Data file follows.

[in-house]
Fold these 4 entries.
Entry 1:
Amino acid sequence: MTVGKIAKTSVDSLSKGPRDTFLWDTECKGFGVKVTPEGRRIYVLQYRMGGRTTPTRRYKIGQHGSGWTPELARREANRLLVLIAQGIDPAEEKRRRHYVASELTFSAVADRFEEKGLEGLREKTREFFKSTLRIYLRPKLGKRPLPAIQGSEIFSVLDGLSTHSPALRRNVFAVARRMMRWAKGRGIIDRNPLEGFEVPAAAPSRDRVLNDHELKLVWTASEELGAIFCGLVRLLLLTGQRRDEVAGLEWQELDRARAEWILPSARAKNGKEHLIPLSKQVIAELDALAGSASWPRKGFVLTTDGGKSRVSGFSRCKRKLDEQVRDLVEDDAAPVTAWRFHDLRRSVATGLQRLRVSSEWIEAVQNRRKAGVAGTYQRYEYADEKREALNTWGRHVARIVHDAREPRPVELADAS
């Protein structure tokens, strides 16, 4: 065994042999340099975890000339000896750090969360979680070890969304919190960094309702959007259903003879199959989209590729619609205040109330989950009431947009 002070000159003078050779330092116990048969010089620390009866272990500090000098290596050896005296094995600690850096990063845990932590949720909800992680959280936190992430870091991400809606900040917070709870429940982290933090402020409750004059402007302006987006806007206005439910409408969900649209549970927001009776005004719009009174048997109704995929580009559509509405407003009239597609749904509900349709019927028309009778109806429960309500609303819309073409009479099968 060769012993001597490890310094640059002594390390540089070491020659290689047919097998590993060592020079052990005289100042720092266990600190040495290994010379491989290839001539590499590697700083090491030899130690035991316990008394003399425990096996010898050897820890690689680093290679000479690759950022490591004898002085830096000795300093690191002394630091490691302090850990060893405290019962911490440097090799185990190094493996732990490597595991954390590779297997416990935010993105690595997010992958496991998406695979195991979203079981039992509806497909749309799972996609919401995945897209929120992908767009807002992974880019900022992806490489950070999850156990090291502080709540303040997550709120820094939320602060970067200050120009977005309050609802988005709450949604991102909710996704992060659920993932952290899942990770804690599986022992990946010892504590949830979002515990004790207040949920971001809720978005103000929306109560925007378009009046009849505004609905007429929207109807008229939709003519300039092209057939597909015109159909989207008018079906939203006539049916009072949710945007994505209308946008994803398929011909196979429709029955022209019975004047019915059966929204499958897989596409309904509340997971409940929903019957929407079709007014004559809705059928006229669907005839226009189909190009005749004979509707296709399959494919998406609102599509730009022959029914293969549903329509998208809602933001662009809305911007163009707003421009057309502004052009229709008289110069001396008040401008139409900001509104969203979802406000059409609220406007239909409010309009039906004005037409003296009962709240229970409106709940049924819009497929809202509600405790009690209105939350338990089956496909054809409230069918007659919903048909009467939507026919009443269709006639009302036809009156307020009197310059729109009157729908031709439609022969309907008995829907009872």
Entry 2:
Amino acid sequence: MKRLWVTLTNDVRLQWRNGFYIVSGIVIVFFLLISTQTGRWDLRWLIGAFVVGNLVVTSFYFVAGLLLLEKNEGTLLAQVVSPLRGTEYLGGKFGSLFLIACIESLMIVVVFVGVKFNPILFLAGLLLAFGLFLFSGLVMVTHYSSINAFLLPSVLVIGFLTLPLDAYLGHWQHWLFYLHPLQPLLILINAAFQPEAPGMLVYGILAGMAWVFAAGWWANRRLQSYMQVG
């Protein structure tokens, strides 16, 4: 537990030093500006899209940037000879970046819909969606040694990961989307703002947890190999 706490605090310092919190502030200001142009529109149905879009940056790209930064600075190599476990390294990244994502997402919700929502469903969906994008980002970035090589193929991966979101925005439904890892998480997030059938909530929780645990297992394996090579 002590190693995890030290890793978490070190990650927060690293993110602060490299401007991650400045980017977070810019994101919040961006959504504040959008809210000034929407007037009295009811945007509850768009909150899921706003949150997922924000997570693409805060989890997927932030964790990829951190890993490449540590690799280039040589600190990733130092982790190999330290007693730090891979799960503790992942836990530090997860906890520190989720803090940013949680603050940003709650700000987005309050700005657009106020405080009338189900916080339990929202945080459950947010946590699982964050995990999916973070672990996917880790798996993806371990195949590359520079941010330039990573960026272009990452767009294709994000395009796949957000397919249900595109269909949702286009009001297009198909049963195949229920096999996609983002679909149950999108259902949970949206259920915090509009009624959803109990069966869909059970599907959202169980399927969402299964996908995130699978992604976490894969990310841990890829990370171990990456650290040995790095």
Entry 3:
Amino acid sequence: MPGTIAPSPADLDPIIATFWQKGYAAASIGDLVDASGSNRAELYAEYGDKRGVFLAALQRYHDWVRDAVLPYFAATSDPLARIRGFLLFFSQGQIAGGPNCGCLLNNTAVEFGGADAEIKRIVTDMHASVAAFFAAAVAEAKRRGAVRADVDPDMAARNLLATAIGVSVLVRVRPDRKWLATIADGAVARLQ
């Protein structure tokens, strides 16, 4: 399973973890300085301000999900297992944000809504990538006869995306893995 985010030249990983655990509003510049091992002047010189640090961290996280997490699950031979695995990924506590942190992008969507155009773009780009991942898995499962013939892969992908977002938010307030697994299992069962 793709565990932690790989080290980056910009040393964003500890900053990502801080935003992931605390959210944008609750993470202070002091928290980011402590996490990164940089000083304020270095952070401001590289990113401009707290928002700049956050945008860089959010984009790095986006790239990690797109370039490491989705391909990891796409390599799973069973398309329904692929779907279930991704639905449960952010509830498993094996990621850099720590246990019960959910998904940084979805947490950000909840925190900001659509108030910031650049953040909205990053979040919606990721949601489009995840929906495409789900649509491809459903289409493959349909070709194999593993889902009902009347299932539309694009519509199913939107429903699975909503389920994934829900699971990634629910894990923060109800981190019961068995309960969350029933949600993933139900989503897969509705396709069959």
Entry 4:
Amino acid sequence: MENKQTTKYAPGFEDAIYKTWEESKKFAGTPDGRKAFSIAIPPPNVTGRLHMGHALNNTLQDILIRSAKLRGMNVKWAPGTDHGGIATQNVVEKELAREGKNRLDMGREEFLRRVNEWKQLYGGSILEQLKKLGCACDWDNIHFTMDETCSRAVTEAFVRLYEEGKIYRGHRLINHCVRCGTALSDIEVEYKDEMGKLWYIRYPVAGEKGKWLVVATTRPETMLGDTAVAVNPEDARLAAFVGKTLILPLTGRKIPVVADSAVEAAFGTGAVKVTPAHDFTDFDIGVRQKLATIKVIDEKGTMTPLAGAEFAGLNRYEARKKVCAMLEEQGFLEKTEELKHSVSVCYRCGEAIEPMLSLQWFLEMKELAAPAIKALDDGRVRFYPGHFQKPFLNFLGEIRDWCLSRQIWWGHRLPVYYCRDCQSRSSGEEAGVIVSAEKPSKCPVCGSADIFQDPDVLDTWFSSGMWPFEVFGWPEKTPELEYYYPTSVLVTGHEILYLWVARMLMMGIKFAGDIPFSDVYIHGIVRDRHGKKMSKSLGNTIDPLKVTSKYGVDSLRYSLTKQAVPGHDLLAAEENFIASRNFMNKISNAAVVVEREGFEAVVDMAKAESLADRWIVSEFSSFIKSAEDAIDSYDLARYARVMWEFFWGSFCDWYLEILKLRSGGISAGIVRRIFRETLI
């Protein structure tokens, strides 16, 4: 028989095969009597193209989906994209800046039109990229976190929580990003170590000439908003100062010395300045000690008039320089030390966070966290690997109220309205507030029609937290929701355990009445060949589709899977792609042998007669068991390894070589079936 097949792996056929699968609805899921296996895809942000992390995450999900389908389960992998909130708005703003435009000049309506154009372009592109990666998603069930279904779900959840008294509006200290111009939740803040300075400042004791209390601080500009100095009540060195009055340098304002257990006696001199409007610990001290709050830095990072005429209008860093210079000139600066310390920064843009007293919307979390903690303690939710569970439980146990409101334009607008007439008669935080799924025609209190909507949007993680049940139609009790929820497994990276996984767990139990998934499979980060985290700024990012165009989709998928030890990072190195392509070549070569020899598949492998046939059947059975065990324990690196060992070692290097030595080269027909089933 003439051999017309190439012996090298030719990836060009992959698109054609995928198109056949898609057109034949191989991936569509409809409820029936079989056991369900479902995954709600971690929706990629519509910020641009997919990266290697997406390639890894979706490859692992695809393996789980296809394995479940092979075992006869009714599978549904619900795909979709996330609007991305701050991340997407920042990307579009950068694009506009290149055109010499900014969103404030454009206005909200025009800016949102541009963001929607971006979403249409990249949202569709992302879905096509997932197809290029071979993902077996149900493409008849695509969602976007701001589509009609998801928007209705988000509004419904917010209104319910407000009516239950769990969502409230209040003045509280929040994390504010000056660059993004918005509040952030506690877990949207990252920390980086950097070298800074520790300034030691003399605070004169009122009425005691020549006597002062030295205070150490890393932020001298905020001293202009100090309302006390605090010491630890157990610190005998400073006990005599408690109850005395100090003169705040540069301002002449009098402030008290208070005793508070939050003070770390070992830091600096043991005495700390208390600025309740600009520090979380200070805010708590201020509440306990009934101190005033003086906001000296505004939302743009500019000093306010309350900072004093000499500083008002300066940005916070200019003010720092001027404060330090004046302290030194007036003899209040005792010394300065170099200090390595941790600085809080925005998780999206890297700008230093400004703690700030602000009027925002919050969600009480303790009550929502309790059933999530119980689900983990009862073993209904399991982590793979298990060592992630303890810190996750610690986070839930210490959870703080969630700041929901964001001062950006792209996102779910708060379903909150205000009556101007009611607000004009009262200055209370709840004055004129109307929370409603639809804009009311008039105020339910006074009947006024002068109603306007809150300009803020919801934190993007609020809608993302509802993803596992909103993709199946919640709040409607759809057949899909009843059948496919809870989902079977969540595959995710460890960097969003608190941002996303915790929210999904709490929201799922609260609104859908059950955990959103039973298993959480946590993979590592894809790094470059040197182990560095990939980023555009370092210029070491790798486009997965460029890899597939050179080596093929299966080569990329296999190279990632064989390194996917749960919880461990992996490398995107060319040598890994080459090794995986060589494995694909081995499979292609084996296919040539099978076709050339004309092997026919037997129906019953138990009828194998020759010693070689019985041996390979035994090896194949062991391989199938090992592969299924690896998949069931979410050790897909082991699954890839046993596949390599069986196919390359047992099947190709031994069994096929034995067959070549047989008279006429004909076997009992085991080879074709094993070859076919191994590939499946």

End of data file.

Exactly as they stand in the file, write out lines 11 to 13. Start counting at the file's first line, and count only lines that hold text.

């Protein structure tokens, strides 16, 4: 399973973890300085301000999900297992944000809504990538006869995306893995 985010030249990983655990509003510049091992002047010189640090961290996280997490699950031979695995990924506590942190992008969507155009773009780009991942898995499962013939892969992908977002938010307030697994299992069962 793709565990932690790989080290980056910009040393964003500890900053990502801080935003992931605390959210944008609750993470202070002091928290980011402590996490990164940089000083304020270095952070401001590289990113401009707290928002700049956050945008860089959010984009790095986006790239990690797109370039490491989705391909990891796409390599799973069973398309329904692929779907279930991704639905449960952010509830498993094996990621850099720590246990019960959910998904940084979805947490950000909840925190900001659509108030910031650049953040909205990053979040919606990721949601489009995840929906495409789900649509491809459903289409493959349909070709194999593993889902009902009347299932539309694009519509199913939107429903699975909503389920994934829900699971990634629910894990923060109800981190019961068995309960969350029933949600993933139900989503897969509705396709069959």
Entry 4:
Amino acid sequence: MENKQTTKYAPGFEDAIYKTWEESKKFAGTPDGRKAFSIAIPPPNVTGRLHMGHALNNTLQDILIRSAKLRGMNVKWAPGTDHGGIATQNVVEKELAREGKNRLDMGREEFLRRVNEWKQLYGGSILEQLKKLGCACDWDNIHFTMDETCSRAVTEAFVRLYEEGKIYRGHRLINHCVRCGTALSDIEVEYKDEMGKLWYIRYPVAGEKGKWLVVATTRPETMLGDTAVAVNPEDARLAAFVGKTLILPLTGRKIPVVADSAVEAAFGTGAVKVTPAHDFTDFDIGVRQKLATIKVIDEKGTMTPLAGAEFAGLNRYEARKKVCAMLEEQGFLEKTEELKHSVSVCYRCGEAIEPMLSLQWFLEMKELAAPAIKALDDGRVRFYPGHFQKPFLNFLGEIRDWCLSRQIWWGHRLPVYYCRDCQSRSSGEEAGVIVSAEKPSKCPVCGSADIFQDPDVLDTWFSSGMWPFEVFGWPEKTPELEYYYPTSVLVTGHEILYLWVARMLMMGIKFAGDIPFSDVYIHGIVRDRHGKKMSKSLGNTIDPLKVTSKYGVDSLRYSLTKQAVPGHDLLAAEENFIASRNFMNKISNAAVVVEREGFEAVVDMAKAESLADRWIVSEFSSFIKSAEDAIDSYDLARYARVMWEFFWGSFCDWYLEILKLRSGGISAGIVRRIFRETLI